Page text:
Permeable Solutions

This Permeable driveway allowed the client to put the addition on his house that he had always wanted. The city would not issue a building permit because the clients home, driveway, patio and half-basketball court took up more hard space than was allowed already. His property had reached what is called “permeable threshold” in other words, his property did not have enough yard to absorb heavy rainfalls so erosion and water runoff were potential issues. We ripped out the asphalt driveway, replaced it with a city approved permeable design and the building permit was granted.

As stormwater flows across yards, fields, and paved surfaces, it picks up vehicle fluids, pesticides, fertilizers and other pollutants, which then become concentrated in lakes and waterways when the water is discharged from storm sewers. In this way, stormwater runoff adversely affects water quality in urban, suburban, and rural environments. Fortunately, awareness of the problem is growing, and mitigating technologies have become available.

Permeable interlocking concrete pavements (PICP) are among the tools now available to reduce stormwater runoff and improve water quality.  Because they allow rainwater and snowmelt to infiltrate onsite, through the paved surface and into the subsoil, PICP systems help protect aquatic ecosystems, conserve water resources and mitigate flooding, while performing as functional surfaces for vehicle and pedestrian traffic.

PICP solutions can create usable spaces on properties that are unsuitable for traditional pavements—especially on urban commercial sites subject to new federal Clean Water Act stormwater regulations. Water filters naturally through the paved surface into subsurface detention areas and from there directly into the subsoil, or it can be discharged into an eco-swale or irrigation system. By creating subsurface detention and filtration areas, the system dramatically reduces or even eliminates need for retention ponds.


Minnesota Watershed Districts Offer Grants and Loans to property owners for projects that meet certain qualifications for improving water quality, including the use of permeable pavers.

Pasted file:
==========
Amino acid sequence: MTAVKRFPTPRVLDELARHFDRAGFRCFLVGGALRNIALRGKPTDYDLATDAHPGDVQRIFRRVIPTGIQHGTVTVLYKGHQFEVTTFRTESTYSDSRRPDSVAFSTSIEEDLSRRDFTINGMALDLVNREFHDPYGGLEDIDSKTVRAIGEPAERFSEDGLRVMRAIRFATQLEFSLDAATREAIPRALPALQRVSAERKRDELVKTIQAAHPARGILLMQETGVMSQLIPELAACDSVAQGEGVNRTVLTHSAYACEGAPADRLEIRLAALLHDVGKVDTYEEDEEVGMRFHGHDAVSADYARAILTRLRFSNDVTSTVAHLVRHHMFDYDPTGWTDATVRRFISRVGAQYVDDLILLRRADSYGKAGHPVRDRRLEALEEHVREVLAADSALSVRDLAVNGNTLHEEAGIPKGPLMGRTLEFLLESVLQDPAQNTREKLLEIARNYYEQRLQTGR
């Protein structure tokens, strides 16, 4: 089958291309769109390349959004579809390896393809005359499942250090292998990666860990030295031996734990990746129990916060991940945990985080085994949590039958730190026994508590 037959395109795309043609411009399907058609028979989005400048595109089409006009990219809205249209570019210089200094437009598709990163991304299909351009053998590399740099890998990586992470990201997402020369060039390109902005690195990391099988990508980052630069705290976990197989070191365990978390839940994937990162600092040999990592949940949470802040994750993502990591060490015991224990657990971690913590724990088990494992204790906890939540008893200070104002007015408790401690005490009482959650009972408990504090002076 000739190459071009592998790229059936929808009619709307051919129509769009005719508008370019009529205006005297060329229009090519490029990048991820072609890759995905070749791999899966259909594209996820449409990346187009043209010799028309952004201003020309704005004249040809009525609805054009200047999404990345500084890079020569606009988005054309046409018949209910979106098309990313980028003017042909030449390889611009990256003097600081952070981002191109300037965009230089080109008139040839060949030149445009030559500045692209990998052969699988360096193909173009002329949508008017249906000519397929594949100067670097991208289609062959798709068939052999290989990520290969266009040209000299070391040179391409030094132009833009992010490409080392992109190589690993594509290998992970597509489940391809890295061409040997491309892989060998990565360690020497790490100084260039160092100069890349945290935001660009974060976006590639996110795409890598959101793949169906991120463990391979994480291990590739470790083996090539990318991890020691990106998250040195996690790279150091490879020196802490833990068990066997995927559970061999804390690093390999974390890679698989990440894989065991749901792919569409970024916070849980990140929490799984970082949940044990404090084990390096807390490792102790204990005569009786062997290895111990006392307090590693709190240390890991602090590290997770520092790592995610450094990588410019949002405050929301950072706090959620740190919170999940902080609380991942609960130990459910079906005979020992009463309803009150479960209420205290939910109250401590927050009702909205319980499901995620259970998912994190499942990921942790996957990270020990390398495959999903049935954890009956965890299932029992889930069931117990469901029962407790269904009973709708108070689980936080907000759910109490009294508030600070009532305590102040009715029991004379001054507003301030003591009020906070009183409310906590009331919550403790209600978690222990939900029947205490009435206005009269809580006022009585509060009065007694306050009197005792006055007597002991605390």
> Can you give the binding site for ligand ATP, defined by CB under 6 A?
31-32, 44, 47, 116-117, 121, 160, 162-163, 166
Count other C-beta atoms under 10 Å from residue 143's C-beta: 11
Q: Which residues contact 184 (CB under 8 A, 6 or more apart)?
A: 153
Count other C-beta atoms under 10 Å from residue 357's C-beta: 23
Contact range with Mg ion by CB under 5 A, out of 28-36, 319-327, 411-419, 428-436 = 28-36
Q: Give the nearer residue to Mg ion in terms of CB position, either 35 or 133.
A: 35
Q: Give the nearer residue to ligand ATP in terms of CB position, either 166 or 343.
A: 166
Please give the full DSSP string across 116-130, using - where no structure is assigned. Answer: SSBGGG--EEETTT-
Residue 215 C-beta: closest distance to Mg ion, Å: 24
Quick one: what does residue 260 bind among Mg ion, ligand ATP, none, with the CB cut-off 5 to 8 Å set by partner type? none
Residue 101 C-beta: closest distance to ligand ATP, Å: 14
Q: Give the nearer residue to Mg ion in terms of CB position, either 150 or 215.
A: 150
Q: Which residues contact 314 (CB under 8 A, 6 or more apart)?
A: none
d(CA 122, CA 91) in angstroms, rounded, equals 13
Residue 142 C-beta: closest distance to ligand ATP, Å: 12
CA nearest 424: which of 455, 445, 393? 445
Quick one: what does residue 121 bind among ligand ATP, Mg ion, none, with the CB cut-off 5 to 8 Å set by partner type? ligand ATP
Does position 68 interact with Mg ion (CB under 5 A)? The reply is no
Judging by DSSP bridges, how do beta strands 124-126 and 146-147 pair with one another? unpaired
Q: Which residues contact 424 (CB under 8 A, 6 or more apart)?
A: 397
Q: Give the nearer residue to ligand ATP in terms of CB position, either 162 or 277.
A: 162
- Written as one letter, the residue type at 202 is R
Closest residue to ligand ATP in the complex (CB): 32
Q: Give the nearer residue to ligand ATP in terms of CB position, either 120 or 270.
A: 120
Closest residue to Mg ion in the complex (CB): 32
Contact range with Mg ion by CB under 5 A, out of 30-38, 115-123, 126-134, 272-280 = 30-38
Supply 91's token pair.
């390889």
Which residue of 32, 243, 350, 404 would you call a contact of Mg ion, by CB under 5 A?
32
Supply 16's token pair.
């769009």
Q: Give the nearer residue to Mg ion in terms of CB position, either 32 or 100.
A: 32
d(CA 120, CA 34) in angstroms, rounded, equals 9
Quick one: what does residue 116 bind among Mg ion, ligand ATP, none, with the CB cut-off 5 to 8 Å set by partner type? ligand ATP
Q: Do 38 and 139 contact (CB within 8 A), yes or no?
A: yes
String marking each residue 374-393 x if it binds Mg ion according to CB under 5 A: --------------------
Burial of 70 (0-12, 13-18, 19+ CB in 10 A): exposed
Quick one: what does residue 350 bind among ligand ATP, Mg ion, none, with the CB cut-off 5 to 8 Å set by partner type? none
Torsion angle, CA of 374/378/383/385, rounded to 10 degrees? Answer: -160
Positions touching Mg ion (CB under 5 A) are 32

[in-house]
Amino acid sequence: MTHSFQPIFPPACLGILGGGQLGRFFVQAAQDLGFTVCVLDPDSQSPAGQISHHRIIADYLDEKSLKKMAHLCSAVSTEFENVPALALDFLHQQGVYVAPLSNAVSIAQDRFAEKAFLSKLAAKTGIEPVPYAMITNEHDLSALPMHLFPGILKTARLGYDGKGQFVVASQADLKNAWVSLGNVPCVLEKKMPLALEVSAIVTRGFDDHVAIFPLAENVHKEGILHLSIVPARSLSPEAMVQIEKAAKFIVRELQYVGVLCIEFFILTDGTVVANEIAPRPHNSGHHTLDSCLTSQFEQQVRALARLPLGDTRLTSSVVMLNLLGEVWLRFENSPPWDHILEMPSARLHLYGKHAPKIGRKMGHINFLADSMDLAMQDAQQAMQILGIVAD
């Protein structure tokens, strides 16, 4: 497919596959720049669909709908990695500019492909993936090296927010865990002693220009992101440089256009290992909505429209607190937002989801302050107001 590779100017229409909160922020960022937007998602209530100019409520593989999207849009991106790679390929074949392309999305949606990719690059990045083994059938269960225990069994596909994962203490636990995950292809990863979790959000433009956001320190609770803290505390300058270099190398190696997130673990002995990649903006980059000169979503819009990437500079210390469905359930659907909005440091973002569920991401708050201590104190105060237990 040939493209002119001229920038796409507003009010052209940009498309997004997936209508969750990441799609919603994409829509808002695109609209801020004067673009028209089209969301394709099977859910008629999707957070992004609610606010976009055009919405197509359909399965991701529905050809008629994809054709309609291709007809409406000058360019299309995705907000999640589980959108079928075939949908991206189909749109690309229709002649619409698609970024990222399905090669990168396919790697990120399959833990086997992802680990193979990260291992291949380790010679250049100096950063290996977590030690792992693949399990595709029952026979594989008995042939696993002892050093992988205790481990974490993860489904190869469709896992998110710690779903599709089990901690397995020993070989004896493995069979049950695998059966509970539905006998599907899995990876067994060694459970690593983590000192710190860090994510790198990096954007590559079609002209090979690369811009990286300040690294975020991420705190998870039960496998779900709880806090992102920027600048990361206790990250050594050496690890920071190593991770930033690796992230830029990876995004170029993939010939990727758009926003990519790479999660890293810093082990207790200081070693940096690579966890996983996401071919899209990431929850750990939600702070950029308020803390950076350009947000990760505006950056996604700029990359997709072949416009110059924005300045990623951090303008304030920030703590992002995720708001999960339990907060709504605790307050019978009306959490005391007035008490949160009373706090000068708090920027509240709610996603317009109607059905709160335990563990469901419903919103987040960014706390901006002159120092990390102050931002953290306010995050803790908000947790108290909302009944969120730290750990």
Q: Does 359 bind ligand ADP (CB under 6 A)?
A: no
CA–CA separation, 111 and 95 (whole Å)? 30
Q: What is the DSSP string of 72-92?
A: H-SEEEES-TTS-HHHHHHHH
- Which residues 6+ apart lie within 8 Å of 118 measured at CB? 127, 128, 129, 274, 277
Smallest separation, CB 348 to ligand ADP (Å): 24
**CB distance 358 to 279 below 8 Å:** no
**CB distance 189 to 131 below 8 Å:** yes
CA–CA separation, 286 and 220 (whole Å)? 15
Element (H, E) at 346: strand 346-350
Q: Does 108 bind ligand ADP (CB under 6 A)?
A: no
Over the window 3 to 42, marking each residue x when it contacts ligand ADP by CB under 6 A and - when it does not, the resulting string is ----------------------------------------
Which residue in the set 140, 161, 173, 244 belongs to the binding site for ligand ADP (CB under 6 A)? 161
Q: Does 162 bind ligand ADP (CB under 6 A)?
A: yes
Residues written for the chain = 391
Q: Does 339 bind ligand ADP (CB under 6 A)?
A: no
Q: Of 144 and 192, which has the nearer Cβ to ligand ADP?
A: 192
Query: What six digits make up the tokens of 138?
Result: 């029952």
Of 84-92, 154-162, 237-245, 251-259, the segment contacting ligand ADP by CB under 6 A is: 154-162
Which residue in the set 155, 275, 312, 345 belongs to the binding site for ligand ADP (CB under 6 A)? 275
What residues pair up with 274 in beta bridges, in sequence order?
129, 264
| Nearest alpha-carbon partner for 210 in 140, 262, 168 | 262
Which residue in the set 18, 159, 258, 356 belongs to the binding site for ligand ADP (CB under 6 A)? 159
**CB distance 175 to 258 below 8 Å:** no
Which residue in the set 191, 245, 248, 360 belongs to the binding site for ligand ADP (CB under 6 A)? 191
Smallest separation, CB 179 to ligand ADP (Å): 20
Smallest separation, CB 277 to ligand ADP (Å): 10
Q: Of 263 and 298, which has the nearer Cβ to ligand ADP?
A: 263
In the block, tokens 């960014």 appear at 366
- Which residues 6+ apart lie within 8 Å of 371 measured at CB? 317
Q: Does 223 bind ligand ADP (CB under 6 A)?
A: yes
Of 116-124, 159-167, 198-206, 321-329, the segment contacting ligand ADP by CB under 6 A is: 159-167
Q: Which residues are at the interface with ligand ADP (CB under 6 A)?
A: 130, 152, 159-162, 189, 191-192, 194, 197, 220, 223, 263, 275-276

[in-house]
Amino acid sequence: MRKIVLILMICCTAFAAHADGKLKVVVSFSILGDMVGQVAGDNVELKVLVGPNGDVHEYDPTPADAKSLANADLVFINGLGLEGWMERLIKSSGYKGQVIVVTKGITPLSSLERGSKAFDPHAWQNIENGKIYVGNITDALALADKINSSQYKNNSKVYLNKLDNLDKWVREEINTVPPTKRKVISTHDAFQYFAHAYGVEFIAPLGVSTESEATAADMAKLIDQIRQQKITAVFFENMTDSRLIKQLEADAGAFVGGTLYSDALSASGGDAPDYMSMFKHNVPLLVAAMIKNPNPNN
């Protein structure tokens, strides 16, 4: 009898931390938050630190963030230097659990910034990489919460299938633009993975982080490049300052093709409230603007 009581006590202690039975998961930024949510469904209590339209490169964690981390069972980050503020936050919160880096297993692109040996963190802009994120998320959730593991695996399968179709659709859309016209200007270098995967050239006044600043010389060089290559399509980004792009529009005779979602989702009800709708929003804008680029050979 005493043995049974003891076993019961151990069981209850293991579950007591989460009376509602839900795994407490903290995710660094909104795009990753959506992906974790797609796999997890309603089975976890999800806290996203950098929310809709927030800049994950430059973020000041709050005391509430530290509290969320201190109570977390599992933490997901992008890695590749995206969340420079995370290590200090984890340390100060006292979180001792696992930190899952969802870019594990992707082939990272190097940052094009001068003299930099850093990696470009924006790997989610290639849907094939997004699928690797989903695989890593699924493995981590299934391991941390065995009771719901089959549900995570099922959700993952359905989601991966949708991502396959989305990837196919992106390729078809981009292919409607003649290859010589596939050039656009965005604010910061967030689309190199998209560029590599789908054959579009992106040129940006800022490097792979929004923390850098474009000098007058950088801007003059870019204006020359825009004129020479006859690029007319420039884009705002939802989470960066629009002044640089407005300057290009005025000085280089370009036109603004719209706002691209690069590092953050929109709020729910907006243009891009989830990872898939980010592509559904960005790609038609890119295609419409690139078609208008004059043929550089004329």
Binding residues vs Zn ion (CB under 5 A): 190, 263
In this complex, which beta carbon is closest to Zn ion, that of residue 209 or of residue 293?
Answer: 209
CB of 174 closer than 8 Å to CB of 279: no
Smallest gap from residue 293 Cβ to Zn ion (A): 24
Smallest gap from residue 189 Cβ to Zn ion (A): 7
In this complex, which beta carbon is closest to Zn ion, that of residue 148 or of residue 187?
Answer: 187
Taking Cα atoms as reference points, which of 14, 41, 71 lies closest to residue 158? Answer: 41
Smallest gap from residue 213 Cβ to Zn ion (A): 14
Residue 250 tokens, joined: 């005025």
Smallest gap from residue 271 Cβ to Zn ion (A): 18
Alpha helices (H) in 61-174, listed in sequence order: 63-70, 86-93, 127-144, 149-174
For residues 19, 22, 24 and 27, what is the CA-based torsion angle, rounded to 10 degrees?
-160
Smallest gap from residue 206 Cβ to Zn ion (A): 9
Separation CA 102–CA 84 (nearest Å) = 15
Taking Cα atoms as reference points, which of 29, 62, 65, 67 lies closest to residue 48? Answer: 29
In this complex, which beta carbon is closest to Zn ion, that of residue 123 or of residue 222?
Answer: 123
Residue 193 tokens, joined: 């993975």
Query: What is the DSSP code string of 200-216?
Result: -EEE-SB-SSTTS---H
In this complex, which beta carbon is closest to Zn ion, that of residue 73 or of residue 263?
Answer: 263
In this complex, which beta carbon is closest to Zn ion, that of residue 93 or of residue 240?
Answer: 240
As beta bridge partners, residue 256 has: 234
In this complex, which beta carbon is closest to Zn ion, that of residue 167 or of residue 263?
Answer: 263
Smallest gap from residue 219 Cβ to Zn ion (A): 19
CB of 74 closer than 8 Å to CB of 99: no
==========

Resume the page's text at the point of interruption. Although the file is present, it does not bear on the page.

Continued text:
Using a Devine Hardscape’s PICP system could qualify your building project for credits under the U.S. Green Building Council’s Leadership in Energy and Environmental Design (LEED) program.

LEED-certified facilities will experience reduced maintenance and life-cycle operation costs. Recognizing that, many specifiers for building projects are beginning to write LEED certification requirements into bid specifications. And LEED points can be decisive in getting your projects approved by regulatory agencies in environmentally sensitive areas.That’s where permeable pavers can help. Willow Creek permeable pavers can earn LEED credits in several categories:

  • STORMWATER RUNOFF REDUCTION (SS CREDITS 6.1, 6.2) One point can be earned for building on sites where the existing impervious area is greater than 50 percent and the rate and quantity of runoff is reduced by at least 25 percent. Permeable interlocking concrete pavements can reduce runoff to zero for typical storms.
  • LOCAL MATERIALS (MR CREDITS 5.1, 5.2) One to two points can be earned for using local materials: a minimum of 10 to 20 percent of building materials manufactured within a radius of 800 km (500 miles). An additional point is earned if 50 percent of the regionally manufactured materials are extracted, harvested or recovered within this same radius.
  • HEAT ISLAND REDUCTION (SS Credit 7.1) One point can be earned for heat island reduction. An option for meeting this requirement is to use light-colored materials, including pavers, with a Solar Reflectance Index (SRI) of at least 29 for 50 percent of the site’s non-roof impervious surfaces.

For more information on the LEED program, contact the U.S. Green Building Council at (800) 795-1747, or visit


Winter Weather Advantage

Melting snow drains immediately through permeable pavers, creating sure footing for pedestrians and eliminating the risk of re-freeze.

Impervious surfaces hold standing water and slush, creating unsightly obstacles for pedestrians and a safety hazard when water re-freezes.